Along with the new UCSF study, these findings support the possibility that a focus on the present may be part of what promotes health measurable at the cellular level, the researchers said.
"Our attentional statewhere our thoughts rest at any moment turns out to be a fascinating window into our well-being. It may be affected by our emotional state as well as shape our emotional state," said Elissa Epel, PhD, associate professor of psychiatry and lead author on the study. "In our healthy sample, people who report being more engaged in their current activities tend to have longer telomeres. We don't yet know how generalizable or important this relationship is."
Moving forward, Epel, along with Eli Puterman, PhD, a psychologist in the UCSF Department of Psychiatry, and colleagues are developing a series of classes to promote more mindful presence, to see if this intervention protects telomere maintenance or even lengthens telomeres.
In the current study, participants self-reported a tendency to mind wander, and were measured for aspects of psychological distress and well-being. The sample was highly educated and had a narrow range of both chronological age and psychological stress (most were low stress), all of which might have contributed to the ability to detect this relationship, Epel said.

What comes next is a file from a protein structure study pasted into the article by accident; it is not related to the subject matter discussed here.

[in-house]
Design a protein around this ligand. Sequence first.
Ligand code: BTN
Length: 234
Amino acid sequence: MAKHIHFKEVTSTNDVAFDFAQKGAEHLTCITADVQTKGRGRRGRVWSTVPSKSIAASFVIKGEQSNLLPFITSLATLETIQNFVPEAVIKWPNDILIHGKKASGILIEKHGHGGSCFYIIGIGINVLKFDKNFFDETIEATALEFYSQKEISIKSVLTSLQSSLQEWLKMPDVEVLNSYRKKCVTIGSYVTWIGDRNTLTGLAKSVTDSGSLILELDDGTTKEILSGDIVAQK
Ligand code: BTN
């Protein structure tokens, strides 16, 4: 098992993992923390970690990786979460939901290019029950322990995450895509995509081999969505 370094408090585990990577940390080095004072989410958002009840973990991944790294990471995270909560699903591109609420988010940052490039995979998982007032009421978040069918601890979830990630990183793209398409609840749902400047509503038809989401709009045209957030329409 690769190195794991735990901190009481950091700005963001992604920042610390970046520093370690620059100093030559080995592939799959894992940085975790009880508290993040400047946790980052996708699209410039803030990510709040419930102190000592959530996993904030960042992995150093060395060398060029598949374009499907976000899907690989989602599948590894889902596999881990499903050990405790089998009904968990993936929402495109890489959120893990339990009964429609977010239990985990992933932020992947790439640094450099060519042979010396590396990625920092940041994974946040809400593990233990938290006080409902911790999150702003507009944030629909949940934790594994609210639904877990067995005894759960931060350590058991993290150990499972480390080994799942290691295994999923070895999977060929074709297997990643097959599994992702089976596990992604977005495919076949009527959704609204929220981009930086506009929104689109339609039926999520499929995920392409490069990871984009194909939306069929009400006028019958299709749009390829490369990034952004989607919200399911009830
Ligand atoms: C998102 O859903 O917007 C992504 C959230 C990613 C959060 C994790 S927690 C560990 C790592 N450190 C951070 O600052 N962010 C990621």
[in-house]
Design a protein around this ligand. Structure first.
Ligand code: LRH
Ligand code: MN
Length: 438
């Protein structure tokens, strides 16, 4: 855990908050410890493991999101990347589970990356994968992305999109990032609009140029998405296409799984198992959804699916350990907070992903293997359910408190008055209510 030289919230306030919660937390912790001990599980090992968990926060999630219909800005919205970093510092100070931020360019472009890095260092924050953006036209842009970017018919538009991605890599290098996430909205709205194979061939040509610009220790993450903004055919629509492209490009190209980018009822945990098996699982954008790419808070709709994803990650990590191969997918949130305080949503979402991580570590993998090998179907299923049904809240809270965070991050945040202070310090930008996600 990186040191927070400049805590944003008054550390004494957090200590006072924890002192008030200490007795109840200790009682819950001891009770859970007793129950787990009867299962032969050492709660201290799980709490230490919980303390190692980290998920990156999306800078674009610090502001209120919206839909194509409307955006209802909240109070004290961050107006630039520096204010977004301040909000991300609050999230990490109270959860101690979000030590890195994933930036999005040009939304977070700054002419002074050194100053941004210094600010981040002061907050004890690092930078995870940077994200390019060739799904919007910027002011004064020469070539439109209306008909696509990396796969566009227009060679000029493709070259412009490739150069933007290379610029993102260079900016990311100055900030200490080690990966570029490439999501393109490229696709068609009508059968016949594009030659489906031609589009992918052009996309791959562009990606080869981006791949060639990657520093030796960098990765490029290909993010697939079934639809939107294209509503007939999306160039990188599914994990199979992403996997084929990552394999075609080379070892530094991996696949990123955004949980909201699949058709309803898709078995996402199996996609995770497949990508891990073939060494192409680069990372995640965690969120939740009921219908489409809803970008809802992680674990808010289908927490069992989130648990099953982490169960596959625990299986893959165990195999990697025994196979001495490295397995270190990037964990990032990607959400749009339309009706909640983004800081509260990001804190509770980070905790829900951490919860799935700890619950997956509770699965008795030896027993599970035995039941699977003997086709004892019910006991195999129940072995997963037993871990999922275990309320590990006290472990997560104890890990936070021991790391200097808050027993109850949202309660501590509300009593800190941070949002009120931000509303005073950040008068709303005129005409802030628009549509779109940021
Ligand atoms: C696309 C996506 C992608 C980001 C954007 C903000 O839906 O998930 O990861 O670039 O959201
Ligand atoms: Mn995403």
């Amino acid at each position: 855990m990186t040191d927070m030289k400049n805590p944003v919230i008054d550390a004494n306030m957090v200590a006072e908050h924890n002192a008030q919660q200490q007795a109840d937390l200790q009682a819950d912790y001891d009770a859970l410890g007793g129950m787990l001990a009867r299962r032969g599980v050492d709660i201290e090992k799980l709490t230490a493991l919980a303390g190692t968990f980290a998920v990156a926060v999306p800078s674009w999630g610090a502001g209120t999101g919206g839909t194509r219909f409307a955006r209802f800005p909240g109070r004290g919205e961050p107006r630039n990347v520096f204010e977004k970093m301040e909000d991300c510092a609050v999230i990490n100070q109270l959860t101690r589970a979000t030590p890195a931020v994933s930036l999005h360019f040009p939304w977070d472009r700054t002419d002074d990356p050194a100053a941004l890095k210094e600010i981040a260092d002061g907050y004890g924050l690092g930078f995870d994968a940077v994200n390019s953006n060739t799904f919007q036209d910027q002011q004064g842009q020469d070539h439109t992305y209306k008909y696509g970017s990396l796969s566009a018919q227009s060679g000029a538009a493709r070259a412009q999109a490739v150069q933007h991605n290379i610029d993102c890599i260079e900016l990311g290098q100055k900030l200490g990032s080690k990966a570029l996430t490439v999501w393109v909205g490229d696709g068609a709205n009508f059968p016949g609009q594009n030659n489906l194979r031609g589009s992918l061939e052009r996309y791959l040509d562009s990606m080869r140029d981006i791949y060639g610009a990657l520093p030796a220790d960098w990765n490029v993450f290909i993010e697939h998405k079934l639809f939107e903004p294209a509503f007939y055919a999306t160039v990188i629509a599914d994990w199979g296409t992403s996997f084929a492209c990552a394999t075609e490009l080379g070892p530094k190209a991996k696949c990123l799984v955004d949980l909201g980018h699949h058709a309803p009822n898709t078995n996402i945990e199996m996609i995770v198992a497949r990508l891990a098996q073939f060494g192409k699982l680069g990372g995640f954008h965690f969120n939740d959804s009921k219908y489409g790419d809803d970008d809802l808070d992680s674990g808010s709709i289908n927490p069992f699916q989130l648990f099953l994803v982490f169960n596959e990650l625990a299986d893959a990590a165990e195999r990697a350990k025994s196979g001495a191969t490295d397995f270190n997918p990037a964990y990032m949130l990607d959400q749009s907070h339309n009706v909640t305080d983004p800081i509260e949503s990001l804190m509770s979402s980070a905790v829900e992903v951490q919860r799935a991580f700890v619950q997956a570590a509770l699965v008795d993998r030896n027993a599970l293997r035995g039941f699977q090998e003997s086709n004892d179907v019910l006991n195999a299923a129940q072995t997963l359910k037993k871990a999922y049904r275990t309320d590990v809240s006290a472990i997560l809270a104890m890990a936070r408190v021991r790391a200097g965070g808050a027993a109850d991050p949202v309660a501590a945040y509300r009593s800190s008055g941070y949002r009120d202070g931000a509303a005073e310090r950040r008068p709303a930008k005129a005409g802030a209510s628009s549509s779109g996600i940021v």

The study is the first to link attentional state to telomere length and to control for stress and depression, Epel said. Previous studies have shown links between telomere length and particular types of stress and depression. Since this study relied on self-reported attentional state, she said, further studies directly measuring presence and mind wandering will be needed.
"This study was a first step and suggests it's worth delving into unde
|Contact: Abigail H. Mortimore |
University of California - San Francisco